Industry 4.0 and Servitization – New Concepts in Global Manufacturing
We are all interested in the new industrial revolution.
I spent the past week at the University of Birmingham in England with a group of 16 Operations and Economics Professors from across Europe. I was there to lecture and to represent the Reshoring Institute (http://www.ReshoringInstitute.org ).
This group of universities is working together to provide research and assistance to companies that are reshoring manufacturing and building production capability in Europe. Some of the biggest buzz of the week was around the idea of Industry 4.0 (the Internet of Things) and Servitization.
The term “Industrie 4.0” comes from a project in the high-tech strategy group of the German government, which promotes connection via the Internet. It is the fourth industrial revolution in manufacturing.
1. The first industrial revolution was the mechanization of production using water and steam power
2. The second industrial revolution introduced mass production with the help of electric power
3. The third industrial revolution was the digital revolution and the use of electronics and IT to further automate production
4. The fourth industrial revolution is the Internet of Things
Industry 4.0, the Fourth Industrial Revolution, is all about connecting machinery to the Internet. Industry 4.0 creates the “smart factory” where machinery and processes are monitored over the Internet and then communicate and cooperate with each other. Just imagine up to 50 billion machines connected in some way over the Internet.
This of course, has significant ramifications for Reshoring. The more automation is introduced into manufacturing, the more efficient labor becomes. This shifts the economics of manufacturing to allow for the total cost of ownership/production to be competitive in the US. This supports reshoring of production or producing in local markets for the local consumers. The overall cost to produce and deliver goods declines.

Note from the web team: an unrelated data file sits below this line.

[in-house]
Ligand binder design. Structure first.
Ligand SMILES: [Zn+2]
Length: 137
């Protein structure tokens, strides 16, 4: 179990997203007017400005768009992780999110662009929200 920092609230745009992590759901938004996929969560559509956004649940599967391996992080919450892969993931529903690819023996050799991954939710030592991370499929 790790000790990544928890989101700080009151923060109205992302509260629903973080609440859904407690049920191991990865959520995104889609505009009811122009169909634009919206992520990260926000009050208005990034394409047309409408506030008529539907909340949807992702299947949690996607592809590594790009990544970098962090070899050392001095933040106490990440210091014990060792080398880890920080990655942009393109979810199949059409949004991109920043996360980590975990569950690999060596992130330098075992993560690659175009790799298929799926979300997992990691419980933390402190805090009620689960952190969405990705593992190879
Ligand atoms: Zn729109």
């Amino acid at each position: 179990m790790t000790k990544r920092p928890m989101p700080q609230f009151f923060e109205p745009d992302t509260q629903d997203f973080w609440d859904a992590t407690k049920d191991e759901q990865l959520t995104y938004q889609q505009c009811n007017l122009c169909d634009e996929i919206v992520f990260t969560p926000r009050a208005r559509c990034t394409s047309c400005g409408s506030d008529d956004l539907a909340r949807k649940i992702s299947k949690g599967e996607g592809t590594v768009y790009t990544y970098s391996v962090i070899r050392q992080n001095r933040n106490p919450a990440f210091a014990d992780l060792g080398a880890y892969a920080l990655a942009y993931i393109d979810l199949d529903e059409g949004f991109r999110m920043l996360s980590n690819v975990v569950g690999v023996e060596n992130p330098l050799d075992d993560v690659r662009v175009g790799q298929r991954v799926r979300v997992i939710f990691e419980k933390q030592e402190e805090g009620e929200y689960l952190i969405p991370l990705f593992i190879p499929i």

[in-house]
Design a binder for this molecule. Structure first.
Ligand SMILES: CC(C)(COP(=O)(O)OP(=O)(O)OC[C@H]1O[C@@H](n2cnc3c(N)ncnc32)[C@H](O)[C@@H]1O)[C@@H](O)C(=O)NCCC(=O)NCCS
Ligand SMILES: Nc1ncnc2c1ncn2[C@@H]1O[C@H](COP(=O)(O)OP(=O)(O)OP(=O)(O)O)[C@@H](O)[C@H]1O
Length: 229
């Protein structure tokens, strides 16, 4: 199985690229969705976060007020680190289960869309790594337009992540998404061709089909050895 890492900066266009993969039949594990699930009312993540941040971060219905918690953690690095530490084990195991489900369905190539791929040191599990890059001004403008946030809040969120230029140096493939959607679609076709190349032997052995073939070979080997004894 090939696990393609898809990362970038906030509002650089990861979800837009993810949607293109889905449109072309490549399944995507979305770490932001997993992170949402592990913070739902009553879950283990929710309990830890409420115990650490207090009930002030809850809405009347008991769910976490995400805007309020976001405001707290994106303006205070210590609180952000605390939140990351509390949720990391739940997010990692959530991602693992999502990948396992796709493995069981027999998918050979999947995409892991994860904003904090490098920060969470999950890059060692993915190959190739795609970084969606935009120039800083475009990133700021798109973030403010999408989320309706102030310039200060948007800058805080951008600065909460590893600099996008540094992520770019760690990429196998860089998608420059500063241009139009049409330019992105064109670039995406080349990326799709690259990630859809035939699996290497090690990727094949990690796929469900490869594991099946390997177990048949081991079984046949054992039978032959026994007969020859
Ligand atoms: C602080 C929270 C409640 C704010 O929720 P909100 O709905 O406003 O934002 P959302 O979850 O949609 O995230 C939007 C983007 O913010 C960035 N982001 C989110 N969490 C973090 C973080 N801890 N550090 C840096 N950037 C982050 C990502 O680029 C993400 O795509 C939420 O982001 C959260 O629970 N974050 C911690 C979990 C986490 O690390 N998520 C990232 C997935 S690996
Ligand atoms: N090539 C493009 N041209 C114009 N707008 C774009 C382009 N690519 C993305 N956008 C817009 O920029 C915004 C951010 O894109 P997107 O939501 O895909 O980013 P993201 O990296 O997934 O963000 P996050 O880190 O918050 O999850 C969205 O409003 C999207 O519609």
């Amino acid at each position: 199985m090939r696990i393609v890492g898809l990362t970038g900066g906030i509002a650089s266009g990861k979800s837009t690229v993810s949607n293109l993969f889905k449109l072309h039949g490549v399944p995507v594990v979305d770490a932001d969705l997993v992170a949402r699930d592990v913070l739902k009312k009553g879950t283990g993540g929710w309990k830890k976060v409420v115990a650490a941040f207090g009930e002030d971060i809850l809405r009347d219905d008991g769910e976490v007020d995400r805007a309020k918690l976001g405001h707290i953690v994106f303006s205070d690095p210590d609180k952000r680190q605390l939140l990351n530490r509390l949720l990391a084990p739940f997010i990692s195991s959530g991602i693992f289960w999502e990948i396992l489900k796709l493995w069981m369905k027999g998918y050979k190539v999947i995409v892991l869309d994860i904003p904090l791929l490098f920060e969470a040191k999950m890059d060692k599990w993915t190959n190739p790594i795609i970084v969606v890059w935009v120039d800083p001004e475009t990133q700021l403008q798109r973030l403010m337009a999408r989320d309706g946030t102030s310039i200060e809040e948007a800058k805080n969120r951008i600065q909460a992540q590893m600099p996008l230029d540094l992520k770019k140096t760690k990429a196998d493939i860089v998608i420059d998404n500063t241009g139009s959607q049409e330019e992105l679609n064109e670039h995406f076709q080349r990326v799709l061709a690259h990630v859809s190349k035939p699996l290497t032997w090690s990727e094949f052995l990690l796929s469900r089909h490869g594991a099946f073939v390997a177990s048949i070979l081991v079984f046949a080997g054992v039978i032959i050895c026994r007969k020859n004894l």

The other significant idea discussed is the concept of “Servitization.” This is the process of companies transforming from simply producing a product to including service in the total product offering. The complete product package includes field service, service level agreements and pricing for spares and replacement parts. European manufacturers are way ahead in Servitization.
Some American companies such as Cisco Systems have been including product services and consulting services in their product offerings for many years. But US companies like Cisco, that understand a fully integrated product offering and co-sell product and services, are few and far between. This is because most companies clearly separate the sales department from the services department and do not facilitate these departments to work together on customer deals.
But executives are slowly recognizing the competitive advantage of including services and the potential for a significant bump up in revenue when services are included in a fully integrated offering. There is a lot to be achieved in new ways of offering products and services.
It is great to be working with other Universities on revitalizing manufacturing through reshoring and by introducing new ideas and technologies. We are all interested in the new industrial revolution.